The study shows that among patients with chronic hepatitis C, those who received therapy with interferon-based antiviral therapy had a lower risk of developing Parkinson’s disease compared with those who did not receive antiviral therapy.
“The results seem to support the theory that hepatitis C virus infection is a risk factor for developing Parkinson’s disease and antiviral therapy has potential in lowering this risk,” the authors conclude.
The researchers led by Wey-Yil Lin, MD, Landseed International Hospital, Taoyuan, Taiwan, explain that several epidemiologic studies have found an association between hepatitis C infection and Parkinson’s disease, and hepatitis C has been suggested as a risk factor for Parkinson’s disease. However, results have been inconsistent and more data are needed.
For the current study, they compared the incidence of Parkinson’s disease in patients with chronic hepatitis C infection treated with antiviral therapy with similar patients who did not receive antiviral treatment.
Using the Taiwan National Health Insurance Research Database, they identified 242,568 patients with a diagnosis of hepatitis C infection between 2003 and 2013. Patients with an established history of severe liver disease, stroke, dementia, or Parkinson’s disease were excluded, leaving a total of 188,152 individuals who were included in the final analysis.
They performed propensity score matching with covariate adjustment to match the characteristics of patients between groups, with each treated patient paired with a corresponding untreated patient to minimize treatment selection bias with almost 40,000 pairs matched (45% female, mean age 52 years).
Development of Parkinson’s disease was the main outcome. A Cox proportional hazards regression model was used to compare the risk of Parkinson’s disease, and the hazard ratio (HR) was calculated at 1 year, 3 years, and 5 years after the index date and at the end of the cohort.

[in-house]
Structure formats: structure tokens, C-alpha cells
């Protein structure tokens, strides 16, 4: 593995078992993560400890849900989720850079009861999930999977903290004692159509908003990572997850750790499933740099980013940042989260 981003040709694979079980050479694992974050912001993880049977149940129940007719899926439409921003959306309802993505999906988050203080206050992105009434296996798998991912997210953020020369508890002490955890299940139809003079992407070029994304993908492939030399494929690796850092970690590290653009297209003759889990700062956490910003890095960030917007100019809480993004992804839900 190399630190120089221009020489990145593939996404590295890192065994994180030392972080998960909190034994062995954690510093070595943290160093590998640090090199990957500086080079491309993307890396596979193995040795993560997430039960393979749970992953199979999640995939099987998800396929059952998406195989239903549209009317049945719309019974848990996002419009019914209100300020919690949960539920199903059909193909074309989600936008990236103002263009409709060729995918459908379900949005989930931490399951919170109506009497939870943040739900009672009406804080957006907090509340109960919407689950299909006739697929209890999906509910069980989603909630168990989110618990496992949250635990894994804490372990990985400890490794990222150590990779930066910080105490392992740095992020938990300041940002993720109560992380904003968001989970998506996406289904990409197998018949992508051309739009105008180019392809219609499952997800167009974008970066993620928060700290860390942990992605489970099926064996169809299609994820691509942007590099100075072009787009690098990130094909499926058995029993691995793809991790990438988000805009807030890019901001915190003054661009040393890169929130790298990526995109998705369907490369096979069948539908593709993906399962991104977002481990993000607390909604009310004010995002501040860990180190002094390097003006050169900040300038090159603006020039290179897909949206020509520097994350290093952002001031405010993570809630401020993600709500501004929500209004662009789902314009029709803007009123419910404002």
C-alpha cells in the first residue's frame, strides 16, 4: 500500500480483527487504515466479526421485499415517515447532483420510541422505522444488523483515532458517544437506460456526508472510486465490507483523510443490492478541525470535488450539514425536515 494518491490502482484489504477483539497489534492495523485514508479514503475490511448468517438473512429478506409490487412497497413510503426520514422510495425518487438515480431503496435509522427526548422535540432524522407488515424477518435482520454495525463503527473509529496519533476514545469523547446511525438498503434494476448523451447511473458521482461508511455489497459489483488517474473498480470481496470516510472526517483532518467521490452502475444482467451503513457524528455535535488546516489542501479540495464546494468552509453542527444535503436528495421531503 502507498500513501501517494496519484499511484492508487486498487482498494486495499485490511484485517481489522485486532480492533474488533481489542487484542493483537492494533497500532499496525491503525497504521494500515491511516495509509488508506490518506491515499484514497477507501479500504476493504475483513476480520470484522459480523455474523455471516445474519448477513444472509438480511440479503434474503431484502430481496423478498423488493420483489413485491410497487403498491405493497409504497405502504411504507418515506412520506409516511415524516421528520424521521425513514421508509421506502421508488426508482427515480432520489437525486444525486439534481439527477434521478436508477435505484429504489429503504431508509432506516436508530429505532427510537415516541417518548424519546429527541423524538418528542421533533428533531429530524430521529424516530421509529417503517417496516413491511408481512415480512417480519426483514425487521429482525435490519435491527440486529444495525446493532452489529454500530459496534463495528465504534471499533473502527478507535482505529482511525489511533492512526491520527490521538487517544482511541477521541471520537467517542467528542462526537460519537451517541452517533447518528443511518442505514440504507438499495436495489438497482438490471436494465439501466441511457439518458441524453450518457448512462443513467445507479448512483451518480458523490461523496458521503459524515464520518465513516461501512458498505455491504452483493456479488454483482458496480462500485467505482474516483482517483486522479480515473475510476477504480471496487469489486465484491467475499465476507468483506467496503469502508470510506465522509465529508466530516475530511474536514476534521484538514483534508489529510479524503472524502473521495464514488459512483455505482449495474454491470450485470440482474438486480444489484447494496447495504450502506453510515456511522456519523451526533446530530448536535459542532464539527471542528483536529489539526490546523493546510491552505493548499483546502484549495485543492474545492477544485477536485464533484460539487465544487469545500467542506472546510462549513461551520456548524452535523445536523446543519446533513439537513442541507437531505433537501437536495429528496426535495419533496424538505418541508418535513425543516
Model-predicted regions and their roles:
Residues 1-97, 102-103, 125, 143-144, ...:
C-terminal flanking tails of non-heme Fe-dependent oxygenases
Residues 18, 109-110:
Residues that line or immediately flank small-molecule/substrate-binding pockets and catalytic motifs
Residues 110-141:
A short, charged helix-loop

Results showed that the risk of developing Parkinson’s disease was higher in the untreated group. Incidence density of Parkinson’s disease was 1.00 (95% confidence interval [CI], 0.85 – 1.15) per 1000 person-years in the treated group vs 1.39 (95% CI, 1.21 – 1.57) in the untreated group.
The advantage of antiviral therapy reached statistical significance at the 5-year follow-up (HR, 0.75; 95% CI, 0.59 – 0.96), and this advantage continued to increase until the end of follow-up (HR, 0.71; 95% CI, 0.58 – 0.87).
The researchers say that, to their knowledge, this is the first cohort study to investigate the association between antiviral therapy and risk of Parkinson’s disease in patients with chronic hepatitis C infection, with the results suggesting that hepatitis C infection is a risk factor for Parkinson’s disease development, which can be lowered with antiviral therapy.
They point out that a direct protective effect of interferon-based antiviral therapy against the development of Parkinson’s disease cannot be fully excluded, but the short exposure (16 to 48 weeks in most treated patients) makes this unlikely.
They note that in imaging studies, chronic hepatitis C infection has been associated with cerebral inflammatory response, cognitive impairment, and neuropsychiatric symptoms; it has also been linked to disrupted serotonin and dopamine transmission.
In an accompanying editorial, Adolfo Ramirez-Zamora, MD, Christopher Hess, MD, and David Nelson, MD, University of Florida, Gainesville, say: “The results of this study are relevant to both the fields of neurology and hepatology, as they reveal a potentially treatable hepatological risk factor for the development of Parkinson’s disease.”
The findings also add to the “evolving knowledge about the association between immunological and infectious factors in Parkinson’s disease and related disorders,” they comment.
They point out that the findings suggest mechanisms that may be responsible for this association, including neuroinflammation and clearance of hepatitis C infection.
“Although pathogenic mechanisms between hepatitis C infection and Parkinson’s disease remain unconfirmed, it is possible that hepatitis C infection enters the brain through the microvasculature and then induces microglial and macrophages inflammatory changes, with damage associated with the release of neurotoxins such as nitric oxide and proinflammatory cytokines, including tumor necrosis factor, IL-1, and IL-6,” they write.
“Other potential mechanisms include immune cross-reactivity between hepatitis C peptides and brain tissue antigens that leads to neurodegeneration,” the editorialists suggest.
They also point out that interferon has extensive immunomodulatory effects but modest viral eradication rates for hepatitis C infection, so future studies should evaluate the association between Parkinson’s disease and those who cleared the virus as well as those who did not, and they should include newer more effective antiviral agents.
They conclude that: “While the search for a disease-modifying or neurorestorative therapies for Parkinson’s disease continues, identification of potentially treatable Parkinson’s risk factors presents a unique opportunity for treatment. Additional studies with detailed viral analysis and exposure are needed, including in other geographic and ethnic distributions.”